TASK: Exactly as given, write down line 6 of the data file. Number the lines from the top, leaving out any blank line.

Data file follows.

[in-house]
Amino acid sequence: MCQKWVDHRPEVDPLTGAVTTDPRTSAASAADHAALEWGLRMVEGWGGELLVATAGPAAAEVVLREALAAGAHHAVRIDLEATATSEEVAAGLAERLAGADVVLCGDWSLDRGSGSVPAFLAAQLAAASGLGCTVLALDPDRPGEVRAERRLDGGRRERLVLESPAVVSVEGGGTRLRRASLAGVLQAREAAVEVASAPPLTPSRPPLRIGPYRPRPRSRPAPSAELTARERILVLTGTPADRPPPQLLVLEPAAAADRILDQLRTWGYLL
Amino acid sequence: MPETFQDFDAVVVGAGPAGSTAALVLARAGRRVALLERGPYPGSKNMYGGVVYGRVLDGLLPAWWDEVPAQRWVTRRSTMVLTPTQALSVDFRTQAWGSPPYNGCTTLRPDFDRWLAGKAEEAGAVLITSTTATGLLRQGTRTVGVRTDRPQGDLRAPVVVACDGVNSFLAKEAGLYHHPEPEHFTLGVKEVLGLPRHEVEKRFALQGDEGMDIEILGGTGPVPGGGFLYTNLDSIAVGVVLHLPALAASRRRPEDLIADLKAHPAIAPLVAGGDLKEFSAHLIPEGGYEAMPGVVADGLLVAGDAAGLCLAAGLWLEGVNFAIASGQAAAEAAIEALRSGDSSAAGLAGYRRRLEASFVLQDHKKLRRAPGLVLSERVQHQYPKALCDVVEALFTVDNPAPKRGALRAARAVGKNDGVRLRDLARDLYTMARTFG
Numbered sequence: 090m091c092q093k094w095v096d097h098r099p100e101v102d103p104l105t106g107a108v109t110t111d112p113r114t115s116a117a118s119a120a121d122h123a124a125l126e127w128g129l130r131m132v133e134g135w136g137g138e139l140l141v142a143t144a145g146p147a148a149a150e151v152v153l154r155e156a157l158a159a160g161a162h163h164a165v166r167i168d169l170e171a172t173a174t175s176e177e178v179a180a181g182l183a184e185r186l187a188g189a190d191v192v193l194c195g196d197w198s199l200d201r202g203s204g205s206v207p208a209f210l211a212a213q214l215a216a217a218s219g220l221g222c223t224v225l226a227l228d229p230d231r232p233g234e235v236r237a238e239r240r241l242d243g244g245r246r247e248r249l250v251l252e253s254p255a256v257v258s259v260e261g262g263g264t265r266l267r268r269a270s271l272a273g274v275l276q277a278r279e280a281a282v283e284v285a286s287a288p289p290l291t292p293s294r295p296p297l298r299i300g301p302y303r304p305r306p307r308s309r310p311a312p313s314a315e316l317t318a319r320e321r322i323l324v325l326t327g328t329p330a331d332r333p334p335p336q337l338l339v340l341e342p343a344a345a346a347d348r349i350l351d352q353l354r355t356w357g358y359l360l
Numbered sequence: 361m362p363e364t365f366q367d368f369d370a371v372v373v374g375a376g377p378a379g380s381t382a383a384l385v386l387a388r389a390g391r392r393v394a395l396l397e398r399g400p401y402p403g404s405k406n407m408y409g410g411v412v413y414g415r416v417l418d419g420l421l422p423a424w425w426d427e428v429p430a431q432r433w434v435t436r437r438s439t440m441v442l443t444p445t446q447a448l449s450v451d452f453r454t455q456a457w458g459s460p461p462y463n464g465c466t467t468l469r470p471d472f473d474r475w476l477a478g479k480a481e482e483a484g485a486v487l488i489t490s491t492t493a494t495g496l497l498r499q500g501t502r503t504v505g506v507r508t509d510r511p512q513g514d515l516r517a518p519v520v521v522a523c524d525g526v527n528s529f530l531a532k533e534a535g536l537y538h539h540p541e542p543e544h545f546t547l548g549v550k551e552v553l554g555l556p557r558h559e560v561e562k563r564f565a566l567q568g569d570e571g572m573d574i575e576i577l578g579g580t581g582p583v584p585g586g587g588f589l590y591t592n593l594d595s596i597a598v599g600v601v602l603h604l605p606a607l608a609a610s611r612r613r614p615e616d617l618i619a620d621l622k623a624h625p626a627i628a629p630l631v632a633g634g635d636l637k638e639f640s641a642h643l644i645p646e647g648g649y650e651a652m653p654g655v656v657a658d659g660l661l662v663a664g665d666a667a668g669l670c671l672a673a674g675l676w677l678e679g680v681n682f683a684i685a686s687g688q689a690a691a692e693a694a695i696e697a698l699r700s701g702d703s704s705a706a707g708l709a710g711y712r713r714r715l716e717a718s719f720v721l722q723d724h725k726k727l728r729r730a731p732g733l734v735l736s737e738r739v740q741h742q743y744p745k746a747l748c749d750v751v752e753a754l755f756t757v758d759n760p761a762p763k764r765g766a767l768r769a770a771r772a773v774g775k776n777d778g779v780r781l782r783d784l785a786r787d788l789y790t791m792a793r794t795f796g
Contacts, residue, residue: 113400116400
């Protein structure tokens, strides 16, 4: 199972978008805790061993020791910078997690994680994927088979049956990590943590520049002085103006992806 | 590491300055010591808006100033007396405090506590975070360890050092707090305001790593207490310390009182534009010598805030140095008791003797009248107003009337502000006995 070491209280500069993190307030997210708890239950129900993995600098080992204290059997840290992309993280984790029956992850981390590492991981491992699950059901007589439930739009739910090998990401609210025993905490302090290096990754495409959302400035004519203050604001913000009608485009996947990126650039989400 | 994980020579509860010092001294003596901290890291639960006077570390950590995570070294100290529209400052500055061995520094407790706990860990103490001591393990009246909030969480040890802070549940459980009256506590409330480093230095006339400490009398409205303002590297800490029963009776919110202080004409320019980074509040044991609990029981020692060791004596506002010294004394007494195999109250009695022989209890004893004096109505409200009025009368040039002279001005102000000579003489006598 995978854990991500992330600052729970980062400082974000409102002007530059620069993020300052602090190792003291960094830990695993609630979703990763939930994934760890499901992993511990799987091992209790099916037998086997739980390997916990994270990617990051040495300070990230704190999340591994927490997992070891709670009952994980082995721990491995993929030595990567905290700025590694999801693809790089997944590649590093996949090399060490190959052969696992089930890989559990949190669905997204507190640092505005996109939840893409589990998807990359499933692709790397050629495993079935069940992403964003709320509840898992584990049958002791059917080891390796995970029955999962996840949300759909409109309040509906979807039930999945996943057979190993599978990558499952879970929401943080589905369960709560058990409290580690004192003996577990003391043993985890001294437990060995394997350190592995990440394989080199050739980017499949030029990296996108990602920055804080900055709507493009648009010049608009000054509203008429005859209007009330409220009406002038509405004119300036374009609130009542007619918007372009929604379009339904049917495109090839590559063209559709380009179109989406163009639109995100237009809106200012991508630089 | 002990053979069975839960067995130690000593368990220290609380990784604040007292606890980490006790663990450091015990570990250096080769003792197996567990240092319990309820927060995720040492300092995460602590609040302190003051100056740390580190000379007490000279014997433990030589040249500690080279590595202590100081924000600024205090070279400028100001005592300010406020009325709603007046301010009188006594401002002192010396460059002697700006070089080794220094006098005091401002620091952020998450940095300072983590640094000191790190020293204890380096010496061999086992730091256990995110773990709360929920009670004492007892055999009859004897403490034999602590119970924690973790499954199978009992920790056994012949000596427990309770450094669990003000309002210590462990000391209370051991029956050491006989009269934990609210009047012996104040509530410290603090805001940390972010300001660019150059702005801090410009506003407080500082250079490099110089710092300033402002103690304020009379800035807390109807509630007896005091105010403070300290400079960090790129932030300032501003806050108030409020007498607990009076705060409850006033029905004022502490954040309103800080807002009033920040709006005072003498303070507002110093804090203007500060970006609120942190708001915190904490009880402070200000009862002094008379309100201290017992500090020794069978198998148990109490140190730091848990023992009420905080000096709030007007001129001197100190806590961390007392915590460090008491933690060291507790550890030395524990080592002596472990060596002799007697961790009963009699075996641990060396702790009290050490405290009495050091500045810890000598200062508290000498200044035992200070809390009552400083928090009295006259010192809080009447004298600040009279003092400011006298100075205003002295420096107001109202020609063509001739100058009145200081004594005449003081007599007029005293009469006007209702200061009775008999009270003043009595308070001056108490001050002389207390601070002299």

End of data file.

Contacts, residue, residue: 113400116400